We just can’t have nice things

And going back to the original MCO is probably what we deserve, anyway


MALAYSIA seems to be thriving amid the Covid-19 crisis. Although we did have our share of calamities — infections, casualties and economic downfall — we might have been doing much better at handling the pandemic compared to many other countries, some far more developed than us.

Before going into the Movement Control Order (MCO), there were panic shopping in some areas, but nothing too untoward happened, except for the shortage of Gardenia breads.

So far, on top of having a well-stocked pantry, we’ve enjoyed food delivery services almost every day to keep ourselves full and happy.

While the lucky ones among us still have jobs and continue to work from the comfort of our homes, those facing financial challenges are enjoying aids like loan moratorium and stimulus packages.

All these to make sure that the non-essential workers do not have to go out to work and stay safely at home.

This has not only allowed the country to break the chain of the coronavirus infections, but with everyone prohibited from going anywhere, the nature has also been given a chance to repair itself.

During the MCO, without cars on the roads to pollute the air, we saw blue skies — a rare sight for city dwellers.

Many rivers are now crystal clear again. Among those that made the news include Sungai Kesang (which many mistook for Maldives), Sungai Melaka, Sungai Klang, Sungai Gombak, Sungai Way and Sungai Kemunsing, all of which reporting improvements in water quality, according to the Global Environment Centre.

Even Sungai Kim Kim in Johor, where a toxic pollution once shocked the nation, was cleaner during the MCO. Our public beaches were pristine again, as authorities were able to do some thorough cleaning without holidaymakers around.

One would think that after months of being cooped up within the four walls of our homes, we would learn to appreciate nature more and do our best to preserve it. Think again.

Late last month, when the interstate travel ban was lifted and beaches reopened under the Recovery MCO phase, bored city folks thronged Port Dickson, and when the weekend was over, it was clear that we are still with our old attitude.

Holidaymakers littered the public beach; there was rubbish everywhere.

It was such an ugly thing to see that Negri Sembilan Mentri Besar Datuk Seri Aminuddin Harun expressed his disappointment over the irresponsible tourists on his Facebook page.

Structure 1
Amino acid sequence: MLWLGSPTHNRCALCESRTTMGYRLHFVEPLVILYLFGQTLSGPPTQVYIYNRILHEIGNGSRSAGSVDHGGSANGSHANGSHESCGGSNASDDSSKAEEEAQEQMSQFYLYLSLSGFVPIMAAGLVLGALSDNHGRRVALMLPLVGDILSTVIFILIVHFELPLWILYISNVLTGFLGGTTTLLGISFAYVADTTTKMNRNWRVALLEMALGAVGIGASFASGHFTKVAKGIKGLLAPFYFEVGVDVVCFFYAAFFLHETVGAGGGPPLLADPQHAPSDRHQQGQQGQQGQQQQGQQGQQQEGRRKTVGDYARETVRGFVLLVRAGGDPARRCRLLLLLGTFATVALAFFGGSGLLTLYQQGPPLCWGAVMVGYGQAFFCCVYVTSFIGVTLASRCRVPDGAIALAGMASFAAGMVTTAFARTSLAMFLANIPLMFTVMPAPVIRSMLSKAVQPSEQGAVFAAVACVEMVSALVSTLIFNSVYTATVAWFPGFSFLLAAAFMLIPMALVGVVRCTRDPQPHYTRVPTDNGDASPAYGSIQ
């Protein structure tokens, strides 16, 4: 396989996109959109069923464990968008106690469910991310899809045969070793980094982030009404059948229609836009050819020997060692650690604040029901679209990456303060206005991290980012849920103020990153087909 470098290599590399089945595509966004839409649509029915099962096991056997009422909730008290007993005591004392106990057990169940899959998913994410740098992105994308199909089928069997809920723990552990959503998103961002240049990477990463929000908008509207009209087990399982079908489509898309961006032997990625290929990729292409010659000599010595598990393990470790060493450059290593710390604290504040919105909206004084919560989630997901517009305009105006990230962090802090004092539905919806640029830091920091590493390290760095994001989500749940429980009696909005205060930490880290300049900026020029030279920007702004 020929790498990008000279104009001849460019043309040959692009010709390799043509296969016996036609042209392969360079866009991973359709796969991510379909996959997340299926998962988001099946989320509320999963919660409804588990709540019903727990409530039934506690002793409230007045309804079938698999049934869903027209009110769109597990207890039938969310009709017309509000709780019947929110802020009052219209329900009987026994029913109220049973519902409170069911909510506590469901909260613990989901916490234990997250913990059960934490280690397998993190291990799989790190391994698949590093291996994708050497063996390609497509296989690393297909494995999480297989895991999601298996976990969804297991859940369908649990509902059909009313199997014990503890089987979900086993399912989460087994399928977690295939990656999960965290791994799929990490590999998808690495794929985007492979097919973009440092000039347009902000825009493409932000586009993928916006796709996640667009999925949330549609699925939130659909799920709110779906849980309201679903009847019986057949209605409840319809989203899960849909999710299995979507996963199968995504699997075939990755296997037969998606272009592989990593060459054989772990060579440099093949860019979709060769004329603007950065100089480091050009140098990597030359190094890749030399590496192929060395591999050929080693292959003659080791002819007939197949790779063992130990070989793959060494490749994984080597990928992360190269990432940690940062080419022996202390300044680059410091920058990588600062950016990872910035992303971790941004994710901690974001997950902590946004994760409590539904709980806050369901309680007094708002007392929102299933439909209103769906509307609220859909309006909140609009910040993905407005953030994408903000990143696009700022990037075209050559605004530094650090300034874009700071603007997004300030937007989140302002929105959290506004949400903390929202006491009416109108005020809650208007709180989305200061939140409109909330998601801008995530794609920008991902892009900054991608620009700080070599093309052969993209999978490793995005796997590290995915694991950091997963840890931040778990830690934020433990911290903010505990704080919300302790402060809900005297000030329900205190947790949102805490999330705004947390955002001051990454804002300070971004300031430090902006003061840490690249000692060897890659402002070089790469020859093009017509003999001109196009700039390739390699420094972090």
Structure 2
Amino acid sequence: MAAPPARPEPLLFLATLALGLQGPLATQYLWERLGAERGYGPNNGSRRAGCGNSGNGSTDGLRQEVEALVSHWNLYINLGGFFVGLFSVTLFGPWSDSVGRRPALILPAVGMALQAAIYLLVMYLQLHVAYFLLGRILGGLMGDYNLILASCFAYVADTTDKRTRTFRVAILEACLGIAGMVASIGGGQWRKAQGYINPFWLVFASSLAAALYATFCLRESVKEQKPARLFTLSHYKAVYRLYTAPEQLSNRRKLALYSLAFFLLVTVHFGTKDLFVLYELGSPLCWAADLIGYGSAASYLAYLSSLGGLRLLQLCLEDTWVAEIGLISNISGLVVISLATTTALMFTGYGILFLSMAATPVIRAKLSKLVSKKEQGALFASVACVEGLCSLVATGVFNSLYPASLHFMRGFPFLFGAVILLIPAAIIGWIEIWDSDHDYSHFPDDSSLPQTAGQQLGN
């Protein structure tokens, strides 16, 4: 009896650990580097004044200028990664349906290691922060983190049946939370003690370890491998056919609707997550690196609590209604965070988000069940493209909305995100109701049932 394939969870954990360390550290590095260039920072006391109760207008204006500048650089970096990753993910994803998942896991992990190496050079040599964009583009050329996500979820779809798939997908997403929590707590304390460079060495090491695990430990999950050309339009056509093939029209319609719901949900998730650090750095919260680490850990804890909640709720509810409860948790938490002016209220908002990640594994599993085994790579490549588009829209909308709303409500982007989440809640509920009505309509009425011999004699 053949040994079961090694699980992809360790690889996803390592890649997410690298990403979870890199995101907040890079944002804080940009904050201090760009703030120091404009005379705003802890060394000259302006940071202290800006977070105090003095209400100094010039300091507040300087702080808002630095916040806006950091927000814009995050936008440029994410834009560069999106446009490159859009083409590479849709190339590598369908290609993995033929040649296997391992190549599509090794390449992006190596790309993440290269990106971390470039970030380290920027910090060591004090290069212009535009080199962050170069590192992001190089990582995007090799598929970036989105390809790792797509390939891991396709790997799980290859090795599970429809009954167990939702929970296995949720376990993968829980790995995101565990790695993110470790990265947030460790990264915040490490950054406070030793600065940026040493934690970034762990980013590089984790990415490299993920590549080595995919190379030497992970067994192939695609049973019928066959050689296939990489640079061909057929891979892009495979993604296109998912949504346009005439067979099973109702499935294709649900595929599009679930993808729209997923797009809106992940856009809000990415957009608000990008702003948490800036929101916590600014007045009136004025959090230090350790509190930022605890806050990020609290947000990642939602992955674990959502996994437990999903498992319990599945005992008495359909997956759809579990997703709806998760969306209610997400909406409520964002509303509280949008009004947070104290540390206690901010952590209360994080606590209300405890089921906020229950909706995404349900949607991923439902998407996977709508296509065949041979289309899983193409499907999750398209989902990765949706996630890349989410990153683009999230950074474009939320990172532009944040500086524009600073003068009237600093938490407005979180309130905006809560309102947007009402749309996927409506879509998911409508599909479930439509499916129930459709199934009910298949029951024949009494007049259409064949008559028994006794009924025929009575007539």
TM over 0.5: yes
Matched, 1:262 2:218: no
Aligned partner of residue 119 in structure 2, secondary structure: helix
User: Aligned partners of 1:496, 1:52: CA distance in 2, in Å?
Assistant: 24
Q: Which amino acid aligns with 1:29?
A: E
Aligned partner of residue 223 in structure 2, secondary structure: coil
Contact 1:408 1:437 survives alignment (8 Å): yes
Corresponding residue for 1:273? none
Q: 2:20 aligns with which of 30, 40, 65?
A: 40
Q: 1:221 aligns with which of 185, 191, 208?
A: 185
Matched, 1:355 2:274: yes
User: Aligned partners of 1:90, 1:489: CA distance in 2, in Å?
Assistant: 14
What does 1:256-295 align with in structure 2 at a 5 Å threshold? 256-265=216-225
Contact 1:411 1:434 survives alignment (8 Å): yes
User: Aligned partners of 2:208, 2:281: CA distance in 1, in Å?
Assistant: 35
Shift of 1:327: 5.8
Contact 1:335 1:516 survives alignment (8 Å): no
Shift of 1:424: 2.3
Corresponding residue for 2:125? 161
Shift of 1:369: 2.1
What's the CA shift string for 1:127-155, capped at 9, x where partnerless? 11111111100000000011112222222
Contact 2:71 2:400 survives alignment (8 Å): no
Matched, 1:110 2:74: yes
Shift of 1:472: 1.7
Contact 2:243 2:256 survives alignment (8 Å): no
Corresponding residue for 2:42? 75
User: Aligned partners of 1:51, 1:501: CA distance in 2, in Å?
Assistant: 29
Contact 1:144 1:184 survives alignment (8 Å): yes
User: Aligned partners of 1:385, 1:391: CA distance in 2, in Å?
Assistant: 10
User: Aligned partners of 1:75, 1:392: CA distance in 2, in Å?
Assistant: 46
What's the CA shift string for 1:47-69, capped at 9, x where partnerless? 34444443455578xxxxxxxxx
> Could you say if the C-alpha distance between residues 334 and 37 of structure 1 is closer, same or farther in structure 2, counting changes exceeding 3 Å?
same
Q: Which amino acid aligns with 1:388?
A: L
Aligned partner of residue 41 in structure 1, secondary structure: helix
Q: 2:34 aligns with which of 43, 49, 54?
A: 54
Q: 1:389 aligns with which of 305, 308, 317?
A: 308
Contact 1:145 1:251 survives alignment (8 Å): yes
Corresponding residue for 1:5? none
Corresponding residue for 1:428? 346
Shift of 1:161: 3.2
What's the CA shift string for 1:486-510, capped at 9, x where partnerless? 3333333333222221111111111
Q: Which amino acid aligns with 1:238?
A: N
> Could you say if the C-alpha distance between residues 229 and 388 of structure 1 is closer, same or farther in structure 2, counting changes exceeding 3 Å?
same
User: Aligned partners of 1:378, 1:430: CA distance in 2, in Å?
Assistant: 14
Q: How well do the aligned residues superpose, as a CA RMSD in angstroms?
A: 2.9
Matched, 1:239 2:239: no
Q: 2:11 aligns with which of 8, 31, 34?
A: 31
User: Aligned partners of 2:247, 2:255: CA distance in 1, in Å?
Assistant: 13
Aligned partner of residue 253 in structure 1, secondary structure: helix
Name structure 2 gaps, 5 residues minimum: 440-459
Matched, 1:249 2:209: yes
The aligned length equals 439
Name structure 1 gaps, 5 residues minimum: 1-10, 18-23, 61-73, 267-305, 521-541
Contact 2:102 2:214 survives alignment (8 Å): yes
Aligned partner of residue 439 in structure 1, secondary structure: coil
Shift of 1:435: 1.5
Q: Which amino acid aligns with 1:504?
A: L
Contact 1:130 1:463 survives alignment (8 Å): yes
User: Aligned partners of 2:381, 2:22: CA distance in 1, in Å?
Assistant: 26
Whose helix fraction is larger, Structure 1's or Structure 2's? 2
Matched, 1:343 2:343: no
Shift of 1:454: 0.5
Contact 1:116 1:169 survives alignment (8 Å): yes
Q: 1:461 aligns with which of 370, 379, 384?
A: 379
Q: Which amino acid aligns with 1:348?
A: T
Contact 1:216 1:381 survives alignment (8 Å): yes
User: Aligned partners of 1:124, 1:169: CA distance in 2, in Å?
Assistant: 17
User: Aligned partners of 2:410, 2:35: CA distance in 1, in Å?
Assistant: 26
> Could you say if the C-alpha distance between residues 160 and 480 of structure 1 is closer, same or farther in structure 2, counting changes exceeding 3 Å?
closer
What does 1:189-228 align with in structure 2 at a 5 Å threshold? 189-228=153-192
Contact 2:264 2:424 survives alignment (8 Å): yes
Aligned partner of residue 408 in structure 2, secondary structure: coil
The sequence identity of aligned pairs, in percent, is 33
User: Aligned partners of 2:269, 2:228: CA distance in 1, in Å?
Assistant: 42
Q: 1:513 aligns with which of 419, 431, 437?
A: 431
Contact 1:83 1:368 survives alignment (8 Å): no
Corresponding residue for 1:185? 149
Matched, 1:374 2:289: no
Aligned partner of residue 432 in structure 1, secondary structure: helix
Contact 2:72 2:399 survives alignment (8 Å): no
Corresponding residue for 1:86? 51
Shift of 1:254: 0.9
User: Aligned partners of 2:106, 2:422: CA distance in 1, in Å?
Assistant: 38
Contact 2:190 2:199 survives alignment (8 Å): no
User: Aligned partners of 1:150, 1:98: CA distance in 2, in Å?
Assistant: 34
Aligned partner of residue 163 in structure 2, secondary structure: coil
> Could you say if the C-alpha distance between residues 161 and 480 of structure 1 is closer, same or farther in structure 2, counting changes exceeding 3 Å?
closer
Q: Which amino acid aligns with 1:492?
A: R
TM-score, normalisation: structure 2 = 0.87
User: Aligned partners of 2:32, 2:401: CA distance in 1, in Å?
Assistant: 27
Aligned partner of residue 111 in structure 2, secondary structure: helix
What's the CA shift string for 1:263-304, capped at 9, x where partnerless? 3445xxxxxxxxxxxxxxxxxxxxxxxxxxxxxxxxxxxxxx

“If the place does not have a rubbish bin, please hold on to it,” he wrote.

Earlier this week, netizens were outraged when a mural in Shah Alam was vandalised with obscene words.

The mural, painted just over three weeks ago, paid homage to the country’s leaders who had guided Malaysians through the pandemic.

Featured in the mural were Yang di-Pertuan Agong Al-Sultan Abdullah Ri’ayatuddin Al-Mustafa Billah Shah, Prime Minister Tan Sri Muhyiddin Yassin, Health DG Datuk Dr Noor Hisham Abdullah, Senior Minister (Security Cluster) Datuk Seri Ismail Sabri Yaakob and Religious Affairs Minister Datuk Dr Zulkifli Mohamad Al-Bakri.

Skilfully done by artists Muhammad Suhaimi Ali, Abdul Hadi Ramli and Muhamad Firdaus Nordin, the mural won the hearts of many, who were also grateful to the leaders during these testing times.

The King and Health DG even took some time out of their busy days to visit the mural.

Unfortunately, for some unknown motives, two unidentified women defaced the masterpiece with red spray paints.

While the vandalism has been painted over with white paint, taking the mural with it, the police are on the hunt for the culprits whose deed was caught on CCTVs (closed-circuit televisions).

The artists said they were aware of the possibility of their artwork being vandalised, but what took place on Monday was beyond their expectations.

Meanwhile, there is no more the luxury of being quarantined at home for Malaysians returning from abroad, thanks to the errant few who thought it was cool to go out to public places with their pink wristbands (which indicate that they are under home quarantine).

When the numbers of daily new Covid-19 cases went down to single digits and more and more patients recovered, the government said those returning from overseas did not have to be placed at quarantine centres.

Instead, they could enjoy the comfort of their own homes while abiding to the quarantine guidelines.

They were given the pink wristbands, which only the medical officers could take off upon completion of their quarantine period.

However, some were seen abusing the government’s trust by going out to eat. One of them, a lady in Perak, was detained and it was later discovered that she tested positive for Covid-19.

Because she could not wait just 14 days to eat at a mamak, she had put other patrons at risk and affected the restaurant’s business.

That, combined with the public’s growing complacency, is a recipe for disaster.

The country cannot afford to go back to a full MCO and while the Health Ministry (MoH) is worried about the 13 new clusters that emerged in just 10 days, maybe, it is not alarming enough for Malaysians.

And going back to the original MCO is probably what we deserve, anyway.

Farezza Hanum Rashid is the assistant news editor at The Malaysian Reserve.